This book starts at the dawn of the first real Martian city, and immediately launches into the politics surrounding the evolution of the culture of the Martian people, contrasting it to the cultures of Earth. Kim Stanley Robinson does not shy away from racial conflict, which I might have misinterpreted as recklessness or stupidity if I hadn’t previously read The Years of Rice and Salt. This author is not ignorant of culture, and if he’s writing things with suggestive tones, it’s intentional. Very well written so far — I had to make myself stop at page 29.
Stand on Zanzibar
Brunner’s invented future-speak is one of the most fun parts of this book, but at times it’s hopelessly confusing. I wonder if, in some cases, he didn’t even know what certain abbreviations he’d written were supposed to mean — just to help add to the sense of bewilderment in the familiar, alien (familiarly alien?) universe he’s constructing.
Everything about this book — considering it as a collage, watching patterns emerge between the snippets of information, trying to decipher the speech of the people in his world, recognizing aspects of our society which may or may not have existed for Brunner to consciously lampoon in 1968. It’s an insanely good read every time I pick it up, but I’m very concerned that I’m just not smart enough to appreciate it. Perhaps on a second or a third reading, in a few years, I’ll feel like I get the big themes.
Occasionally there’ll be snippets that push hard at the fourth wall, and they always make me feel like I’ve missed something vital. The most recent came after an action-packed scene, and went as follows [my notes in square brackets like this]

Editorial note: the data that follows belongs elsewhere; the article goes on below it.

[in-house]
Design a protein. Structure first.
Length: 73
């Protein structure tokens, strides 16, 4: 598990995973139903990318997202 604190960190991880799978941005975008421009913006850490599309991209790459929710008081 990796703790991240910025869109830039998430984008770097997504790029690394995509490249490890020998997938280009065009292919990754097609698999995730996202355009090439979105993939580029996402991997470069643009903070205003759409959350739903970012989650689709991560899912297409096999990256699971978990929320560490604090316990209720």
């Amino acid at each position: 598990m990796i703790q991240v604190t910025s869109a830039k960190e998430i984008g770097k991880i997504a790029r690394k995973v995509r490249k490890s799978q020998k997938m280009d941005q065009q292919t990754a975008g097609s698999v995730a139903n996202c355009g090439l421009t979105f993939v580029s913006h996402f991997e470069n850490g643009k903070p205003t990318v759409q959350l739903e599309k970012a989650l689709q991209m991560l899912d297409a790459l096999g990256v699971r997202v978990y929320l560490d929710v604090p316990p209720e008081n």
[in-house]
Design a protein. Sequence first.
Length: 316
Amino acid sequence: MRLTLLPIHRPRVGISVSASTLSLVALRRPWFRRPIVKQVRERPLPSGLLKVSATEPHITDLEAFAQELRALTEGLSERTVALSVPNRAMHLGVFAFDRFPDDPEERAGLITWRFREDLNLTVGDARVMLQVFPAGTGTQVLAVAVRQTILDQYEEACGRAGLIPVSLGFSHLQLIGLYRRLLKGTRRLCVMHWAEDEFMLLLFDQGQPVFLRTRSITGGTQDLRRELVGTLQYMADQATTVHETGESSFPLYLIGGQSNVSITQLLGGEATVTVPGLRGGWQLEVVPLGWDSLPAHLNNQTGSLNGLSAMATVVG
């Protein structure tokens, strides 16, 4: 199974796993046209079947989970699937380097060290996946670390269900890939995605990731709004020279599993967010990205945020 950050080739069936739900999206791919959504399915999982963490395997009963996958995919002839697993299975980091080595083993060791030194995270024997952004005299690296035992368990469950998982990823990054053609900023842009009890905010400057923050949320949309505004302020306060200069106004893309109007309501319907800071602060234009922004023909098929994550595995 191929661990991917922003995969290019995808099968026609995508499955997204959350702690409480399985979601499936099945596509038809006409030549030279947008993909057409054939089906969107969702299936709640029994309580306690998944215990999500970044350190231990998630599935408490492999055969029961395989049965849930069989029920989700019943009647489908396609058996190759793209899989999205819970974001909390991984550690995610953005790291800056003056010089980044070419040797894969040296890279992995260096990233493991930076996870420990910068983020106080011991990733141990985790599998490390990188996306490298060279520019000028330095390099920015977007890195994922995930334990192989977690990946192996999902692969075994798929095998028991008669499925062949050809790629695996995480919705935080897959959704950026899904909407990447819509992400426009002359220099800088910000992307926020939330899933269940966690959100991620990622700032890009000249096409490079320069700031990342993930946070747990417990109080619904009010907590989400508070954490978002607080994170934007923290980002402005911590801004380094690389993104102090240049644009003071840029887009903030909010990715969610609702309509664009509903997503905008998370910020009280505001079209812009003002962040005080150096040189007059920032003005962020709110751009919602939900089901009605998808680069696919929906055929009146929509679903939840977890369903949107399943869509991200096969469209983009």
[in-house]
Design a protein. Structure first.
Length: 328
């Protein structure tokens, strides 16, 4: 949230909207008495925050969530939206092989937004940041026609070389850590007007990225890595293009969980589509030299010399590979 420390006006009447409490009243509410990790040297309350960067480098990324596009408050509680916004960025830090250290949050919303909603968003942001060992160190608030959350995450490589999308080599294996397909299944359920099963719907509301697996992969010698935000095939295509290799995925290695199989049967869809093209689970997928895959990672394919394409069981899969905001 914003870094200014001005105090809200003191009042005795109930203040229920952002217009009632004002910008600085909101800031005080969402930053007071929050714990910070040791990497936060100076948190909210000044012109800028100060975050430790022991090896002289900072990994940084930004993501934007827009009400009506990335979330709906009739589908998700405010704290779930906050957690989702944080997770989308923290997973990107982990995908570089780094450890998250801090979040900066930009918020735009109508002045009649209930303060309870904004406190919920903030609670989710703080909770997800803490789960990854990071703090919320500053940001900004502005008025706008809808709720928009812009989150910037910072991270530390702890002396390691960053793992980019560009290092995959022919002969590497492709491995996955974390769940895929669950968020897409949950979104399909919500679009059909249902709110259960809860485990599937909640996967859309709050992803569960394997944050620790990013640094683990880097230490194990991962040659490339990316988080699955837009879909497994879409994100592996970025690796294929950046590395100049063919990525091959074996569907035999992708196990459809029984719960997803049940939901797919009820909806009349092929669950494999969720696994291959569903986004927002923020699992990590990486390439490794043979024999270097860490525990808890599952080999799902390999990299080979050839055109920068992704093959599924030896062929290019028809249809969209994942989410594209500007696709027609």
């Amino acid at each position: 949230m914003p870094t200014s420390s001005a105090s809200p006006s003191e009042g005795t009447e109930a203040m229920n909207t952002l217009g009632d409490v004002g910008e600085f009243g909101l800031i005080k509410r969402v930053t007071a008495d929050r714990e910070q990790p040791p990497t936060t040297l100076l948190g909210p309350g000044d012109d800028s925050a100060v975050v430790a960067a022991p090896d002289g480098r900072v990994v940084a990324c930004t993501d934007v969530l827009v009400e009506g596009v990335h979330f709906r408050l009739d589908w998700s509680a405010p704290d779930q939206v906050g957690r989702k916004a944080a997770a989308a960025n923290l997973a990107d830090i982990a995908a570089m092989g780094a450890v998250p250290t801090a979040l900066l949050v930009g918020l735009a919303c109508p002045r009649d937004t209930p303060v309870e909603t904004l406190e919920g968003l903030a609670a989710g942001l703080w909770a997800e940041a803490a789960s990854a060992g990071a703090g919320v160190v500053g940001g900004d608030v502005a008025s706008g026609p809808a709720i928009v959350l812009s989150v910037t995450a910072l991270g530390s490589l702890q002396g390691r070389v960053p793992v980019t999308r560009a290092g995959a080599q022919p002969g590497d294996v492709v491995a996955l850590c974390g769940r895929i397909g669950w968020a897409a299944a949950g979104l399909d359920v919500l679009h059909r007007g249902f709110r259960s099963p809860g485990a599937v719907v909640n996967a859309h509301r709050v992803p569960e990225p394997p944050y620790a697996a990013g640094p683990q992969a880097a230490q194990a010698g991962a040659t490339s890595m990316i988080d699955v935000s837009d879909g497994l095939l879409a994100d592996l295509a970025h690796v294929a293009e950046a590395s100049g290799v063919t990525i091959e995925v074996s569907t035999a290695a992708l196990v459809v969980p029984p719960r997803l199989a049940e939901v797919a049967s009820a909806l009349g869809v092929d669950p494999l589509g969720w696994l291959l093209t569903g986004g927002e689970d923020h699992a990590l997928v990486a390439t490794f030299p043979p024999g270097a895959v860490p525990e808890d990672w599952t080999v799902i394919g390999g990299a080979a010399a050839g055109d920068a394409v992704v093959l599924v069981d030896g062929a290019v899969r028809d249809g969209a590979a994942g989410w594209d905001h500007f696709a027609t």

“It’s no coincidence”
(COINCIDENCE You weren’t paying attention to the other half of what was going on.
–The Hipcrime Vocab by Chad C. Mulligan
“that we have…” [continues]
The initial sentence is continued, and goes on to talk about berserkers, density in societies, and conditions that led to adoption of eunuchs in China, as a backdrop for ‘muckers’, which is a commonplace term for people who go crazy and kill random strangers at malls, parks, schools, anywhere. I was unaware that mass murder was “a thing” in 1968, enough to be seen as a rising trend in society. I which I had more context about what the world was really like at the time, so that I could tell what satirical elements turned into predictions versus what is just poking at the elements of his own world.
Anyway, good start. I took quite a while to read them — mostly did it while walking around. Tomorrow I’m continuing Stand on Zanzibar, and I’ll start re-reading that other one I mentioned in an earlier post. Three posts today! Wild.